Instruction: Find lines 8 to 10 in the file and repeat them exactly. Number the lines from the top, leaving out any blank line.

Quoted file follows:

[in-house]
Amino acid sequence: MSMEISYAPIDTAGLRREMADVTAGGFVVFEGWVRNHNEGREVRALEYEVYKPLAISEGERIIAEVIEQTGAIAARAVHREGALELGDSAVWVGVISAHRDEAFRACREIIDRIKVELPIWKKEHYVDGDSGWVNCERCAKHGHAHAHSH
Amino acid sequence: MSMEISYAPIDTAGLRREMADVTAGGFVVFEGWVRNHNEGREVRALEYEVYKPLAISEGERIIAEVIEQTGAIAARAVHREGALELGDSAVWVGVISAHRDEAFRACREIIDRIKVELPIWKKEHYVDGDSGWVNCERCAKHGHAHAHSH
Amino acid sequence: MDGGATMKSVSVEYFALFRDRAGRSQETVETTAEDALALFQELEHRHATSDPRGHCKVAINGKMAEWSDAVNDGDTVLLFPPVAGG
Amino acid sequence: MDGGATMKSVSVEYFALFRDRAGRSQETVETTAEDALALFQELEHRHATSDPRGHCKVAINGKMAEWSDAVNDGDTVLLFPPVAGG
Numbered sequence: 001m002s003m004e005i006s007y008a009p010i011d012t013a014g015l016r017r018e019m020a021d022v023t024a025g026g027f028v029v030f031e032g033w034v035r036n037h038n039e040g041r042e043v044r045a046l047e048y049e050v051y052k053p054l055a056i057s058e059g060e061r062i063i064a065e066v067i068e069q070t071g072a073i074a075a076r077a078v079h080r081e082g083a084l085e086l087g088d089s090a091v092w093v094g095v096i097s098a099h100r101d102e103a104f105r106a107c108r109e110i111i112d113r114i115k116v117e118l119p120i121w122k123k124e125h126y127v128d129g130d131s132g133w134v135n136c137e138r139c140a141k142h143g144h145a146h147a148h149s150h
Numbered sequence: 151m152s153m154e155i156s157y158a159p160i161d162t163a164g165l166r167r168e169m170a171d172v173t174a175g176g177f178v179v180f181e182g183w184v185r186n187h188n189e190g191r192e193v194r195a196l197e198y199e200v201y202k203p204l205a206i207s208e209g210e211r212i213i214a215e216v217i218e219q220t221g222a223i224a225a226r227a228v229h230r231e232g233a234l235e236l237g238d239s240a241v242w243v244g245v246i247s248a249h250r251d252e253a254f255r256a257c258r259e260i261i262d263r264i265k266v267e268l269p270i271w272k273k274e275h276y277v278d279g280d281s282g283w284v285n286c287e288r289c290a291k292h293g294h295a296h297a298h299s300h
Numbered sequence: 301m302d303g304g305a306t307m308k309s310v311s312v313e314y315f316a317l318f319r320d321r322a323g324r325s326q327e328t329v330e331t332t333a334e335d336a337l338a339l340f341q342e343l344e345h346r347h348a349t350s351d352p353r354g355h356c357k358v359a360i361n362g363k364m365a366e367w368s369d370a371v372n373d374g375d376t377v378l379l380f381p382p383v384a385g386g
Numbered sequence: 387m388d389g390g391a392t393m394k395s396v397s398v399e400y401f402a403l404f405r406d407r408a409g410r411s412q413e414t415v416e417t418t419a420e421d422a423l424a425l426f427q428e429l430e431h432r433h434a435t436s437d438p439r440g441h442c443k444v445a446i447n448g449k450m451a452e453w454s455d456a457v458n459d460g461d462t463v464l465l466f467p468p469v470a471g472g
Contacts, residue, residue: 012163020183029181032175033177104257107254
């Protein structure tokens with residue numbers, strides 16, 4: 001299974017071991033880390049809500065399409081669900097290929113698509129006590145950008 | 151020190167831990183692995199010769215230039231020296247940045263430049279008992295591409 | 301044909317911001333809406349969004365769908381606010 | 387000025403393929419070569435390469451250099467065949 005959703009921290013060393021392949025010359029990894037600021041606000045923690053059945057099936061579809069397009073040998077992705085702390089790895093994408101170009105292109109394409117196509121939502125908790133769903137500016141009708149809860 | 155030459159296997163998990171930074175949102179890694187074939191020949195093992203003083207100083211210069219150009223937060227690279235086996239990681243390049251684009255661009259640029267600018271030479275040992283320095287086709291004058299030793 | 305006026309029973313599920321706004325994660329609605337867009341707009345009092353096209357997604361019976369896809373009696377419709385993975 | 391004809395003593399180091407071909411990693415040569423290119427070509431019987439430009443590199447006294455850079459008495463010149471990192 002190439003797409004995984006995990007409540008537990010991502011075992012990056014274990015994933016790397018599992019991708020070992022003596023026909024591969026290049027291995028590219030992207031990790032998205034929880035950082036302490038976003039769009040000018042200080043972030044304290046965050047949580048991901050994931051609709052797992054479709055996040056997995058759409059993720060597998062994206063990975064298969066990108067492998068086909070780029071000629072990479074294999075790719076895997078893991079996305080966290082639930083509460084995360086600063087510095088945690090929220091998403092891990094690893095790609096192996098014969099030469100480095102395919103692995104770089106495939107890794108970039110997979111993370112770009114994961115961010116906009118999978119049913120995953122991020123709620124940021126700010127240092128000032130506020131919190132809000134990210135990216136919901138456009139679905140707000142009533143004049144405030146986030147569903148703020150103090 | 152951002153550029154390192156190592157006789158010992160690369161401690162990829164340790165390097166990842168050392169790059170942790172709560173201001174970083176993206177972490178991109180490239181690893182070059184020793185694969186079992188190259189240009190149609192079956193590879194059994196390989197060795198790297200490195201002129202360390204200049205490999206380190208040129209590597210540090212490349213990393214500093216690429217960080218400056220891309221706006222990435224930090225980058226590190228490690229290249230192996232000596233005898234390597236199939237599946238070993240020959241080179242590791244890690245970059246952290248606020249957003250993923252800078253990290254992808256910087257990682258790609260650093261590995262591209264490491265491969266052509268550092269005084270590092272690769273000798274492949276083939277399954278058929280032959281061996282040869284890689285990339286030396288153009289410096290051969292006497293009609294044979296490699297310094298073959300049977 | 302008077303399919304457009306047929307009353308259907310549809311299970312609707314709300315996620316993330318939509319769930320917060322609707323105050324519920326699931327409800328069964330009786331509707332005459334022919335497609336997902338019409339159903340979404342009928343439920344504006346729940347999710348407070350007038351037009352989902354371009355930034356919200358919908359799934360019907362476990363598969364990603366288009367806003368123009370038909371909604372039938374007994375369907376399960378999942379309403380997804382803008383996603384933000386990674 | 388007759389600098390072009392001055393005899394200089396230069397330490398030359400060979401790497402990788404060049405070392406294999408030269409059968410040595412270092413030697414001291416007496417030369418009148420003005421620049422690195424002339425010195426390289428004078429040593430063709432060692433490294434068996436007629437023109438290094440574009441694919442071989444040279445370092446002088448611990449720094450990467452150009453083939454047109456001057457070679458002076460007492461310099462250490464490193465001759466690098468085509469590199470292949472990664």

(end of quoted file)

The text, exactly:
Numbered sequence: 301m302d303g304g305a306t307m308k309s310v311s312v313e314y315f316a317l318f319r320d321r322a323g324r325s326q327e328t329v330e331t332t333a334e335d336a337l338a339l340f341q342e343l344e345h346r347h348a349t350s351d352p353r354g355h356c357k358v359a360i361n362g363k364m365a366e367w368s369d370a371v372n373d374g375d376t377v378l379l380f381p382p383v384a385g386g
Numbered sequence: 387m388d389g390g391a392t393m394k395s396v397s398v399e400y401f402a403l404f405r406d407r408a409g410r411s412q413e414t415v416e417t418t419a420e421d422a423l424a425l426f427q428e429l430e431h432r433h434a435t436s437d438p439r440g441h442c443k444v445a446i447n448g449k450m451a452e453w454s455d456a457v458n459d460g461d462t463v464l465l466f467p468p469v470a471g472g
Contacts, residue, residue: 012163020183029181032175033177104257107254